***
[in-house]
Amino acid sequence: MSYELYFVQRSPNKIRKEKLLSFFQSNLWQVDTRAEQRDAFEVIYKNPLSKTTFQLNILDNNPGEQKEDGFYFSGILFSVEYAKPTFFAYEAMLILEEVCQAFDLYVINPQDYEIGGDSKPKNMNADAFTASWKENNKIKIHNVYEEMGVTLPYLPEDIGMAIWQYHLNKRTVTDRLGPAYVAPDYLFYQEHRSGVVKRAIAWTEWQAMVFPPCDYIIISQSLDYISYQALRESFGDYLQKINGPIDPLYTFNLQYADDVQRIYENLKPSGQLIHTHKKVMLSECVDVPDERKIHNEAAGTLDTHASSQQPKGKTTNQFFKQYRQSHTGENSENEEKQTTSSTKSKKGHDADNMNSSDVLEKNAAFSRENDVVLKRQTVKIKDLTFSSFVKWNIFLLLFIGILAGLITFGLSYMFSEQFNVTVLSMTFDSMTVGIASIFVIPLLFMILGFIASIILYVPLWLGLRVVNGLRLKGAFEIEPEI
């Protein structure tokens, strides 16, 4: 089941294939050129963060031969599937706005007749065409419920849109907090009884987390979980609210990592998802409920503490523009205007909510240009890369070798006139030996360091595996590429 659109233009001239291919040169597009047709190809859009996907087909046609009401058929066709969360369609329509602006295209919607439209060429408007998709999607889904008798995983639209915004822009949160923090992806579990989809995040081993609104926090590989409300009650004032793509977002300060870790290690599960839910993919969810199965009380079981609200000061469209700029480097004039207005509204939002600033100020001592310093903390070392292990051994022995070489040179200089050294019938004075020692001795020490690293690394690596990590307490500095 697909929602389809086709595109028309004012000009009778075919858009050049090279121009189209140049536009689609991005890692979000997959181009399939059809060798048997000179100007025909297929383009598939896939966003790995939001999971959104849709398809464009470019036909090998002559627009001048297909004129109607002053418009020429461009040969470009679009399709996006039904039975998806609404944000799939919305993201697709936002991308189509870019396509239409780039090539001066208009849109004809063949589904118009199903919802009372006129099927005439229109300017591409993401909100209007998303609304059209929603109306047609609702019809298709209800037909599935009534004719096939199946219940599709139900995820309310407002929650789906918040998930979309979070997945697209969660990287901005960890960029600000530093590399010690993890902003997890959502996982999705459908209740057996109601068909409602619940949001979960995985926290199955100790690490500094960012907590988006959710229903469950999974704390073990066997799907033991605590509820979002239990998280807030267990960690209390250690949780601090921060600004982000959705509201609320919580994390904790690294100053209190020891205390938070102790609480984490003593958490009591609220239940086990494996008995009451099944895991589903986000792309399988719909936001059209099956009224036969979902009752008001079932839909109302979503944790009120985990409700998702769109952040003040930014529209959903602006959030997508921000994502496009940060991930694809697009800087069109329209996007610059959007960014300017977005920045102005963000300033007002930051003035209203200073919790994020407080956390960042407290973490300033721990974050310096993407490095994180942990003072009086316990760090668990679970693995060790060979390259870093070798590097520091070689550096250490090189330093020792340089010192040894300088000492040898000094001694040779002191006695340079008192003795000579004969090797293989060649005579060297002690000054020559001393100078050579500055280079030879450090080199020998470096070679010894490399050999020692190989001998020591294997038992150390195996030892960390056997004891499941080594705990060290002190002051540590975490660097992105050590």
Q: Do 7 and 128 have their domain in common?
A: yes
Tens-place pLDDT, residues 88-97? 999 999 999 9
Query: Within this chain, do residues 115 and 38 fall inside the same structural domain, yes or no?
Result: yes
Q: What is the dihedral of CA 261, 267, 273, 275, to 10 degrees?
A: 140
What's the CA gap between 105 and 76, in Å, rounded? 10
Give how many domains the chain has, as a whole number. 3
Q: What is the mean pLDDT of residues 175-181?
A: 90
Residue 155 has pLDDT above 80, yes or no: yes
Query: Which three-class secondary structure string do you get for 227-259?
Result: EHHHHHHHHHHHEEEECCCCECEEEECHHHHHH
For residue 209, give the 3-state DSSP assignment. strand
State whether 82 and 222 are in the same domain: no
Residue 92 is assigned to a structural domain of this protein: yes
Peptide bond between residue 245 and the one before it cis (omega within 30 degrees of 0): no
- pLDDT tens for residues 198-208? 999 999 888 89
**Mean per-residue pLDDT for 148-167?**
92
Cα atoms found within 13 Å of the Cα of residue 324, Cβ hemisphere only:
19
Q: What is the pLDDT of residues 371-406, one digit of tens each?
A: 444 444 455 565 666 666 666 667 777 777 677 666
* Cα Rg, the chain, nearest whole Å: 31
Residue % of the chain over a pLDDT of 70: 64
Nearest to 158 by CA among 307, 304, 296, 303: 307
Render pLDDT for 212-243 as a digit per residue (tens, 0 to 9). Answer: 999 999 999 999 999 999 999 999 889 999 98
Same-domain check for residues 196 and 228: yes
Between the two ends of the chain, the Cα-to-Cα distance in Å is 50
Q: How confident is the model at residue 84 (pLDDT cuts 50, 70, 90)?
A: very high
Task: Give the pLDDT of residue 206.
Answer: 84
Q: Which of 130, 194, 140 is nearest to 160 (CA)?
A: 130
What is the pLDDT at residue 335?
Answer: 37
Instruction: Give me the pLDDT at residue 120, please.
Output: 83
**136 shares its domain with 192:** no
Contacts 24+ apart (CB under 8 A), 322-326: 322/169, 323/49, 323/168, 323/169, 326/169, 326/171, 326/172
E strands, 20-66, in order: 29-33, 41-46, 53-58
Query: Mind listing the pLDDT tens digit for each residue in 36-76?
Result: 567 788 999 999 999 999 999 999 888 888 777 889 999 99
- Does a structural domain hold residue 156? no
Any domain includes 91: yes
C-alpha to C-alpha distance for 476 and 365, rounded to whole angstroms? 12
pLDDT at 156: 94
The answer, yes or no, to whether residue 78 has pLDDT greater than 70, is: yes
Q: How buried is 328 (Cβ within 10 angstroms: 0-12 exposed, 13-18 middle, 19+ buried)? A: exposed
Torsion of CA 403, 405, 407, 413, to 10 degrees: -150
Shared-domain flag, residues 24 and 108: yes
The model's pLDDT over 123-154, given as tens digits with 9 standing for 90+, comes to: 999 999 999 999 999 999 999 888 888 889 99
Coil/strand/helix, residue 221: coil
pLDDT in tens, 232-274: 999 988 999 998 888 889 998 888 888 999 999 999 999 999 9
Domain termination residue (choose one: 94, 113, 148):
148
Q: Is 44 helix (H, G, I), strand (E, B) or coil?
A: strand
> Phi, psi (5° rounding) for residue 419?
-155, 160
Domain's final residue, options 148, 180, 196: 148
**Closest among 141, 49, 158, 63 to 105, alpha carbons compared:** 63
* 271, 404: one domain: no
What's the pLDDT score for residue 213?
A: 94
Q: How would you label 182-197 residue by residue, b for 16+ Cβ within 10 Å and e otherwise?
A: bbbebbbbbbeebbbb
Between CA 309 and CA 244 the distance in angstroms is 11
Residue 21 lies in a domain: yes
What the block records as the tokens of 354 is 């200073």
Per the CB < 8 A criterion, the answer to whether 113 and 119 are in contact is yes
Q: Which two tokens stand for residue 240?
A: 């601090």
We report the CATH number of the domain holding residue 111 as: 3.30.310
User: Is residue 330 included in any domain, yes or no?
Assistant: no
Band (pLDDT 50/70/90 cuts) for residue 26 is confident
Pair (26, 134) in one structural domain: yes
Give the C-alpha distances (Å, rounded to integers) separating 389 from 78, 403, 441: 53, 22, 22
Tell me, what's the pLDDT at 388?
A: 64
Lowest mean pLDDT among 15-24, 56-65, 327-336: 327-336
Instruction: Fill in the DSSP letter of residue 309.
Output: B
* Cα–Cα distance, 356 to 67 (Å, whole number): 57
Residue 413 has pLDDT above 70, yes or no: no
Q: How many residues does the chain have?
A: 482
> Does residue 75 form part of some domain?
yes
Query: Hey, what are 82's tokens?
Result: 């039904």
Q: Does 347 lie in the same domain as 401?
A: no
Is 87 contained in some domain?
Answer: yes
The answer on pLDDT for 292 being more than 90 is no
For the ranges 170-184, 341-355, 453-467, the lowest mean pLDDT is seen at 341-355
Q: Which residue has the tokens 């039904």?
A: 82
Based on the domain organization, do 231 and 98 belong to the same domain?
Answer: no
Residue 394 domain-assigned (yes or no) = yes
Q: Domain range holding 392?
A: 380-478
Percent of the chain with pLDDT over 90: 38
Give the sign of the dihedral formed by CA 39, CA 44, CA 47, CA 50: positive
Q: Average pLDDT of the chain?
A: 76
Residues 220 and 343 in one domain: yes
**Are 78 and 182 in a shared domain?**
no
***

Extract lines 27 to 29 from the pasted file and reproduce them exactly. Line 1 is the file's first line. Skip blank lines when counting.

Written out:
Q: What is the pLDDT of residues 371-406, one digit of tens each?
A: 444 444 455 565 666 666 666 667 777 777 677 666
* Cα Rg, the chain, nearest whole Å: 31